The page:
For pure inspiration and an outstanding performance, you'll want to watch "Temple Grandin" tonight at 10 on HBO.
Claire Danes plays the renowned woman with autism who became a pioneer in the care of cattle because of her condition, rather than despite it.
It's the perfect example of why we should not just throw people away because of their disabilities. Often it's just a matter of figuring out how to relate to them.
Grandin was born at a time when autism was considered caused by a lack of bonding with the mother, that, in fact, the mother was somehow not loving enough. Grandin's mother, here played by Julia Ormond, refuses to believe that her daughter will never speak, and should be institutionalized.
Throughout her life, it seems, Grandin is graced by angels; lots of people dismiss her as too odd or just lose patient with her. But somehow someone else steps up and works a little harder to see her gifts. One such person is a teacher played by David Strathairn, who figures out that Grandin has an incredible mind but is a visual learner. That discovery pretty much sets her on a path to success.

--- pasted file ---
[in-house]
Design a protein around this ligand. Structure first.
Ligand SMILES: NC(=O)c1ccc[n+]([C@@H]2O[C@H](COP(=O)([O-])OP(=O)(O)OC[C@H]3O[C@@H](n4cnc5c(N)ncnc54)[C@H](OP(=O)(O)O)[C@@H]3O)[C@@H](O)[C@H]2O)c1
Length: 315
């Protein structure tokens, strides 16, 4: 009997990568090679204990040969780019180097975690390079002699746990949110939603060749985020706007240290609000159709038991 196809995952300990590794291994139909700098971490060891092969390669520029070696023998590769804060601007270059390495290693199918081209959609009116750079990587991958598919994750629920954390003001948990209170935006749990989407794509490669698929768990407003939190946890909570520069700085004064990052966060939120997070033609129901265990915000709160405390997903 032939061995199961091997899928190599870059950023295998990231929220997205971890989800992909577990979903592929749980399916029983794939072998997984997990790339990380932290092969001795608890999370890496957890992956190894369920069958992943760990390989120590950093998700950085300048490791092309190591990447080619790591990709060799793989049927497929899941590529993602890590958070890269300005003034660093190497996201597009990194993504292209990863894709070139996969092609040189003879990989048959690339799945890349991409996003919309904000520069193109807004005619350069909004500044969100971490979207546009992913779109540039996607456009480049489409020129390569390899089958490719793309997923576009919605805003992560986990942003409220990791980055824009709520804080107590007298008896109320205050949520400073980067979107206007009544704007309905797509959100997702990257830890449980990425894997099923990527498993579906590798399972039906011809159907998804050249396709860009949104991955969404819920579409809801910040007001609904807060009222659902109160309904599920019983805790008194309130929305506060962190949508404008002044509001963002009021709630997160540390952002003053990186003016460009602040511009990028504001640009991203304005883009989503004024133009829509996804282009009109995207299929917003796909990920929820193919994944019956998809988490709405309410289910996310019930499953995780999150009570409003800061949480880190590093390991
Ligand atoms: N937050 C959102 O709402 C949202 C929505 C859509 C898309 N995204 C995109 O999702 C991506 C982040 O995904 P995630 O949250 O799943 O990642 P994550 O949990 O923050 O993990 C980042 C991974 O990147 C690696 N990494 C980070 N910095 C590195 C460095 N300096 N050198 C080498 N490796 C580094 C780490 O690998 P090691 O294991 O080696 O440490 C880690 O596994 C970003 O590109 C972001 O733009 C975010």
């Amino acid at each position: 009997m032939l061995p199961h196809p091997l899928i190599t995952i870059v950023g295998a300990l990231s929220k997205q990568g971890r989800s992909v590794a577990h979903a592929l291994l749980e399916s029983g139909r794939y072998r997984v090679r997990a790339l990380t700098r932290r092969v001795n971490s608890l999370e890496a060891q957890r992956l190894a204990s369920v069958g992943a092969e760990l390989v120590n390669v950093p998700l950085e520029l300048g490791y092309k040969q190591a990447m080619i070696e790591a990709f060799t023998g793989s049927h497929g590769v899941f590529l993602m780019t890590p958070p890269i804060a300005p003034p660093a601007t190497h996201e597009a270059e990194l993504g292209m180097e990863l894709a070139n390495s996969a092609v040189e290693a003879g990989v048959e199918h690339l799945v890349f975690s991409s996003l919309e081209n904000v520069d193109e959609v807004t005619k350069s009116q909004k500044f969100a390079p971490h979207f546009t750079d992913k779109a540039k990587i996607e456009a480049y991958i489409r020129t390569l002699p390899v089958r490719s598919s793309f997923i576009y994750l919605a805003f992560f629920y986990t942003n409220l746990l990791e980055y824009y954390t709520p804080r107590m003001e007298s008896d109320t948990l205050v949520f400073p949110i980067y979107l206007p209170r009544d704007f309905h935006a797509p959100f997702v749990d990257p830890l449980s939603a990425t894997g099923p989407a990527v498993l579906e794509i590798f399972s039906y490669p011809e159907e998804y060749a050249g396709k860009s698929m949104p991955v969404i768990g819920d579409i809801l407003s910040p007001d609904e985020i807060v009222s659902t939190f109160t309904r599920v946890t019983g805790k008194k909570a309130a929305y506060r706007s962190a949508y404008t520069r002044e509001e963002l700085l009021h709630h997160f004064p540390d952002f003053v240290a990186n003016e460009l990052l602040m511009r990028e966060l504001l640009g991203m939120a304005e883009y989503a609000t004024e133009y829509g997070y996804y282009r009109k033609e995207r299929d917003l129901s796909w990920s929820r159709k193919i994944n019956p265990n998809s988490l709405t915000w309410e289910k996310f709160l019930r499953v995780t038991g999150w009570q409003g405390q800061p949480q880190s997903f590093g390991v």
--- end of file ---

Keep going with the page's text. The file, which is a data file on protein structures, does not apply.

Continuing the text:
Another turning point of Grandin's life is a summer she spends with an aunt who lives on a farm. It's there that she sees cattle being calmed by a contraption that pretty much simulates a hug. Grandin, who can't stand to be touched, builds her own replica of the machine, using it to find peace whenever the world overwhelms her.
Danes is wonderful as Grandin. Like many people with autism, she has qualities that baffle the rest of us. She's socially awkward (to put it mildly), panics at a disruption of routine, is detached emotionally. The film shows that while these qualities limit her life, they also give her what could be called the tenacity to keep going when people want to close doors. Danes doesn't shy away from the awkwardness of her character's personality but imbues Grandin with grace. Ormond, too, is pitch perfect.
And ultimately the film is a tribute to Grandin's mother, who pushed her even when it was painful and refused to let her be treated as less. Grandin's mother saw what her daughter could do, not what she couldn't.
Not every child with autism can grow up and be a Temple Grandin, but all children with autism -- or without -- have something to offer.